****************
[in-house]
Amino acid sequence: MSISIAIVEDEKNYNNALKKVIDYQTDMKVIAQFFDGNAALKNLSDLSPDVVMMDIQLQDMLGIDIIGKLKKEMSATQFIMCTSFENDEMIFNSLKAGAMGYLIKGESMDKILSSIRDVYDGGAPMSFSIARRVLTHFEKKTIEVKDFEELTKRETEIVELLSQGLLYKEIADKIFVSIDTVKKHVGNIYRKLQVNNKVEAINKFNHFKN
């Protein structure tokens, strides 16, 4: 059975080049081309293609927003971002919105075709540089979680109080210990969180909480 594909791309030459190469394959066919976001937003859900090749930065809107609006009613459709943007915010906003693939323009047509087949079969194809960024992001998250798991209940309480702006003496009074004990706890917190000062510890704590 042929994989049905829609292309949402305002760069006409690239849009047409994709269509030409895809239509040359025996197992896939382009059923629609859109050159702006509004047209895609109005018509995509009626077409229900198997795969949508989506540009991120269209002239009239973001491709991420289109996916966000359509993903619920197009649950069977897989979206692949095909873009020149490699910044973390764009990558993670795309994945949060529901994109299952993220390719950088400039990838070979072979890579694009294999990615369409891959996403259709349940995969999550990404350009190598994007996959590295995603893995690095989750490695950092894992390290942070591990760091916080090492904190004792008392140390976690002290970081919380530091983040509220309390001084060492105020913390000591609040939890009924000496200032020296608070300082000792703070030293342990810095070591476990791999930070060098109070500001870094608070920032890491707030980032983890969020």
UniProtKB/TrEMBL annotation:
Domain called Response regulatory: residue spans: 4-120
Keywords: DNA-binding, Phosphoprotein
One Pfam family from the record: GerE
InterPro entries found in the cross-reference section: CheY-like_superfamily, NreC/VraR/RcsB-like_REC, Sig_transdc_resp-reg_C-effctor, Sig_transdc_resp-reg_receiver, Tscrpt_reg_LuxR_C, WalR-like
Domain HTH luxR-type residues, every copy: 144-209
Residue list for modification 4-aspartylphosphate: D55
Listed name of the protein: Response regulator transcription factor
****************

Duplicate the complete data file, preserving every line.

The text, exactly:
[in-house]
Amino acid sequence: MSISIAIVEDEKNYNNALKKVIDYQTDMKVIAQFFDGNAALKNLSDLSPDVVMMDIQLQDMLGIDIIGKLKKEMSATQFIMCTSFENDEMIFNSLKAGAMGYLIKGESMDKILSSIRDVYDGGAPMSFSIARRVLTHFEKKTIEVKDFEELTKRETEIVELLSQGLLYKEIADKIFVSIDTVKKHVGNIYRKLQVNNKVEAINKFNHFKN
């Protein structure tokens, strides 16, 4: 059975080049081309293609927003971002919105075709540089979680109080210990969180909480 594909791309030459190469394959066919976001937003859900090749930065809107609006009613459709943007915010906003693939323009047509087949079969194809960024992001998250798991209940309480702006003496009074004990706890917190000062510890704590 042929994989049905829609292309949402305002760069006409690239849009047409994709269509030409895809239509040359025996197992896939382009059923629609859109050159702006509004047209895609109005018509995509009626077409229900198997795969949508989506540009991120269209002239009239973001491709991420289109996916966000359509993903619920197009649950069977897989979206692949095909873009020149490699910044973390764009990558993670795309994945949060529901994109299952993220390719950088400039990838070979072979890579694009294999990615369409891959996403259709349940995969999550990404350009190598994007996959590295995603893995690095989750490695950092894992390290942070591990760091916080090492904190004792008392140390976690002290970081919380530091983040509220309390001084060492105020913390000591609040939890009924000496200032020296608070300082000792703070030293342990810095070591476990791999930070060098109070500001870094608070920032890491707030980032983890969020």
UniProtKB/TrEMBL annotation:
Domain called Response regulatory: residue spans: 4-120
Keywords: DNA-binding, Phosphoprotein
One Pfam family from the record: GerE
InterPro entries found in the cross-reference section: CheY-like_superfamily, NreC/VraR/RcsB-like_REC, Sig_transdc_resp-reg_C-effctor, Sig_transdc_resp-reg_receiver, Tscrpt_reg_LuxR_C, WalR-like
Domain HTH luxR-type residues, every copy: 144-209
Residue list for modification 4-aspartylphosphate: D55
Listed name of the protein: Response regulator transcription factor